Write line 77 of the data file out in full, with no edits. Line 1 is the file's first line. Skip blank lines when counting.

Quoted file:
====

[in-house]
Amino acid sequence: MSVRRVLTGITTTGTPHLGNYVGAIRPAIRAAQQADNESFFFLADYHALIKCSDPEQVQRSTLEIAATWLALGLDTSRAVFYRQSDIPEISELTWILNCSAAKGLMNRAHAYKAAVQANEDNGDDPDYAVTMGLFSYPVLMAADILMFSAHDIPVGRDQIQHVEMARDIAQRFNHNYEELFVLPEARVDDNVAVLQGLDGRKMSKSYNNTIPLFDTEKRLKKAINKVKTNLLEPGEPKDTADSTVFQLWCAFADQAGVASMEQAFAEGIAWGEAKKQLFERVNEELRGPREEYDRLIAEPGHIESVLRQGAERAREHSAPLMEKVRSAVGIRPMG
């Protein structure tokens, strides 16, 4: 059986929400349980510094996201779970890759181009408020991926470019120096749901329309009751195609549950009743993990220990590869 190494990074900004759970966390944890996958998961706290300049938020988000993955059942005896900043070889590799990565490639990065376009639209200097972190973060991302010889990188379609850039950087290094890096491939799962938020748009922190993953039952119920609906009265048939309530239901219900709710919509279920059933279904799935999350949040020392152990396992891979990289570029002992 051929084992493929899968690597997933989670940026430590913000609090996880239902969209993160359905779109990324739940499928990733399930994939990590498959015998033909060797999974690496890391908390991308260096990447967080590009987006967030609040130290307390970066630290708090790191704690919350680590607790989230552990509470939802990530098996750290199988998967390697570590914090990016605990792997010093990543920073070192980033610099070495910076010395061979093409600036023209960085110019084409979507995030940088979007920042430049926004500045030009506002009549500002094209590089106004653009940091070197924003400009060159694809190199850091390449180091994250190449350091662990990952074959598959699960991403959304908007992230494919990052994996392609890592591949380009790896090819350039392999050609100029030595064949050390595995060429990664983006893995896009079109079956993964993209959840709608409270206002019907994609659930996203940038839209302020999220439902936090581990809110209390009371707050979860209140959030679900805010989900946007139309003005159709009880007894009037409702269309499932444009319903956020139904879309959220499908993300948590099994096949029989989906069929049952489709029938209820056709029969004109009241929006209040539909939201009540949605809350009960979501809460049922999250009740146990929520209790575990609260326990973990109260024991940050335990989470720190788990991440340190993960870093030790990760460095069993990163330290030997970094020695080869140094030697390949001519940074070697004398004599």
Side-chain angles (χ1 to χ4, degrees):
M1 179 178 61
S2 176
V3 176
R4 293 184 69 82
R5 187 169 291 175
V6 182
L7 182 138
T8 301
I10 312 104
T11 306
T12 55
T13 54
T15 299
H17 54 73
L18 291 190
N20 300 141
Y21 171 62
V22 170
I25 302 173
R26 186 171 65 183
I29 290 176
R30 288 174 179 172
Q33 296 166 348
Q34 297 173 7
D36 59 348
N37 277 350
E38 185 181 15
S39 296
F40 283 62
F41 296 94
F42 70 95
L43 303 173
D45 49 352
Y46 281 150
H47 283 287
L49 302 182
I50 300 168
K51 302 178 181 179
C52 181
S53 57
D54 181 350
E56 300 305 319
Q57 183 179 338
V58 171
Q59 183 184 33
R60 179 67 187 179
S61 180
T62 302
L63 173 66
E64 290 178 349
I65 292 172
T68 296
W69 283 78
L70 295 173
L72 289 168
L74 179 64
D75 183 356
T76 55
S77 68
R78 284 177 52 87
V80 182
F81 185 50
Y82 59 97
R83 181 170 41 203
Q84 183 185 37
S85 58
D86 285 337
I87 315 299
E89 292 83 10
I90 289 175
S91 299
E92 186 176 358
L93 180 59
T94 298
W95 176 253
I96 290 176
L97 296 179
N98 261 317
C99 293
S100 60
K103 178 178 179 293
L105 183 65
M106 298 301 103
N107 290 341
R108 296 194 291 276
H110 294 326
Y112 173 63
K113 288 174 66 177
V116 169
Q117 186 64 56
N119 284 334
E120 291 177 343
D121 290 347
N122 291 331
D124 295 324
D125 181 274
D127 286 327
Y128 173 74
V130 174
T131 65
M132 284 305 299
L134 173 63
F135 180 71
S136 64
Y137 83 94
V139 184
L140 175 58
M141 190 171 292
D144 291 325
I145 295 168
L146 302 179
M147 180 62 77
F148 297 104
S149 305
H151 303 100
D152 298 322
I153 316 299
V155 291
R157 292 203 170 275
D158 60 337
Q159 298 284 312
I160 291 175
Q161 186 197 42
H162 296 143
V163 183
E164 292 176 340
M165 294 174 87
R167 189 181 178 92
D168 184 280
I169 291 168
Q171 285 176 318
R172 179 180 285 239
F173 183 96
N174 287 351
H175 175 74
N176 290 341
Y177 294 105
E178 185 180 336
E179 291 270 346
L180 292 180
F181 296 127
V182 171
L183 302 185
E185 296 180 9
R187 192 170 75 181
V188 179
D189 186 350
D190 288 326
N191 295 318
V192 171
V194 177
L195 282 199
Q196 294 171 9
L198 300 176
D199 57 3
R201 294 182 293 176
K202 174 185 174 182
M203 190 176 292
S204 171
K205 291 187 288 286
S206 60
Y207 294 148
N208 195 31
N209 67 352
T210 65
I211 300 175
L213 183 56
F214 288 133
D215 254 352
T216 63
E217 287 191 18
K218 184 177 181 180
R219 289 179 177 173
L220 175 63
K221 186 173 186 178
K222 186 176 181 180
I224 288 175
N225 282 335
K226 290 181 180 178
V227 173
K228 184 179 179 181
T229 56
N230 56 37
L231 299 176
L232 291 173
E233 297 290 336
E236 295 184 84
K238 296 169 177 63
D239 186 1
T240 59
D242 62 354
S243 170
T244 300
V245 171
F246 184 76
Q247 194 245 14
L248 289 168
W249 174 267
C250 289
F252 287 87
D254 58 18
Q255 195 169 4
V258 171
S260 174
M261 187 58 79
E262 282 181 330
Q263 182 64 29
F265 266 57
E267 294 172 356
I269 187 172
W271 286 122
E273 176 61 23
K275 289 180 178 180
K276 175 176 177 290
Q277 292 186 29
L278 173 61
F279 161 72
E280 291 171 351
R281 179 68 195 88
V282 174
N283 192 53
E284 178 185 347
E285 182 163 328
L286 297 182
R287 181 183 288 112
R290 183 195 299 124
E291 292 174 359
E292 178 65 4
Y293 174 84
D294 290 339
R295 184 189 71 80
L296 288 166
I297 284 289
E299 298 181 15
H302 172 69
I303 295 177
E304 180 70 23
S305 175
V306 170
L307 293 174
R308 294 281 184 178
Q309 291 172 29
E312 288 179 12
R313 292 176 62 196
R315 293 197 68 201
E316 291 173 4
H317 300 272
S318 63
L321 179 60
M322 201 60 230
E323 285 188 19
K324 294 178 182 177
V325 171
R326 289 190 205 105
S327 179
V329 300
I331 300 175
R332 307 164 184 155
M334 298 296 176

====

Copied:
L93 180 59